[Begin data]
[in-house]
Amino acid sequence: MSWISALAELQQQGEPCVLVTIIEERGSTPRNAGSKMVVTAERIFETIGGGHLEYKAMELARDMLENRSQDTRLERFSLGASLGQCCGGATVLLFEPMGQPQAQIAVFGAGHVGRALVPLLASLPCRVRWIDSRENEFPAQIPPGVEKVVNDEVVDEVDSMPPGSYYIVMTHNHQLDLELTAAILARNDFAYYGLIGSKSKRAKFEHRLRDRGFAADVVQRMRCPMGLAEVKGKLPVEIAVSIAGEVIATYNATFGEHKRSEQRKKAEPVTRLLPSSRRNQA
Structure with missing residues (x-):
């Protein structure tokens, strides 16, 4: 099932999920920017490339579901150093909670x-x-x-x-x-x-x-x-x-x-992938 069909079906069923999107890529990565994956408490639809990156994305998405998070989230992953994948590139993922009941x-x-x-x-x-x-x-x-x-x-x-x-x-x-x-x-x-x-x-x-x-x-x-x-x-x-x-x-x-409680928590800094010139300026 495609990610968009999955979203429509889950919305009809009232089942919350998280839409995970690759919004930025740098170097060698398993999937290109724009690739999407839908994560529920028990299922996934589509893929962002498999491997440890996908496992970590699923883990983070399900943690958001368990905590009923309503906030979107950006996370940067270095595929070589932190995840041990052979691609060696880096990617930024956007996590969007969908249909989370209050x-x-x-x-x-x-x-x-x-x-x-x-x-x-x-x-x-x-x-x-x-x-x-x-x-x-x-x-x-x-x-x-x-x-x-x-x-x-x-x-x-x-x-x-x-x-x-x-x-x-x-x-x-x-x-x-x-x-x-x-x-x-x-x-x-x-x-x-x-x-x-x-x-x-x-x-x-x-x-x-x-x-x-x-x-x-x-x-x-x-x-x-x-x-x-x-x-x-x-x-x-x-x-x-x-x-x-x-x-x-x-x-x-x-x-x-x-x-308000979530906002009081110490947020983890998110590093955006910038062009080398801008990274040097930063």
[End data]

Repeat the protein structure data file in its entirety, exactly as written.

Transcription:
[in-house]
Amino acid sequence: MSWISALAELQQQGEPCVLVTIIEERGSTPRNAGSKMVVTAERIFETIGGGHLEYKAMELARDMLENRSQDTRLERFSLGASLGQCCGGATVLLFEPMGQPQAQIAVFGAGHVGRALVPLLASLPCRVRWIDSRENEFPAQIPPGVEKVVNDEVVDEVDSMPPGSYYIVMTHNHQLDLELTAAILARNDFAYYGLIGSKSKRAKFEHRLRDRGFAADVVQRMRCPMGLAEVKGKLPVEIAVSIAGEVIATYNATFGEHKRSEQRKKAEPVTRLLPSSRRNQA
Structure with missing residues (x-):
């Protein structure tokens, strides 16, 4: 099932999920920017490339579901150093909670x-x-x-x-x-x-x-x-x-x-992938 069909079906069923999107890529990565994956408490639809990156994305998405998070989230992953994948590139993922009941x-x-x-x-x-x-x-x-x-x-x-x-x-x-x-x-x-x-x-x-x-x-x-x-x-x-x-x-x-409680928590800094010139300026 495609990610968009999955979203429509889950919305009809009232089942919350998280839409995970690759919004930025740098170097060698398993999937290109724009690739999407839908994560529920028990299922996934589509893929962002498999491997440890996908496992970590699923883990983070399900943690958001368990905590009923309503906030979107950006996370940067270095595929070589932190995840041990052979691609060696880096990617930024956007996590969007969908249909989370209050x-x-x-x-x-x-x-x-x-x-x-x-x-x-x-x-x-x-x-x-x-x-x-x-x-x-x-x-x-x-x-x-x-x-x-x-x-x-x-x-x-x-x-x-x-x-x-x-x-x-x-x-x-x-x-x-x-x-x-x-x-x-x-x-x-x-x-x-x-x-x-x-x-x-x-x-x-x-x-x-x-x-x-x-x-x-x-x-x-x-x-x-x-x-x-x-x-x-x-x-x-x-x-x-x-x-x-x-x-x-x-x-x-x-x-x-x-x-308000979530906002009081110490947020983890998110590093955006910038062009080398801008990274040097930063």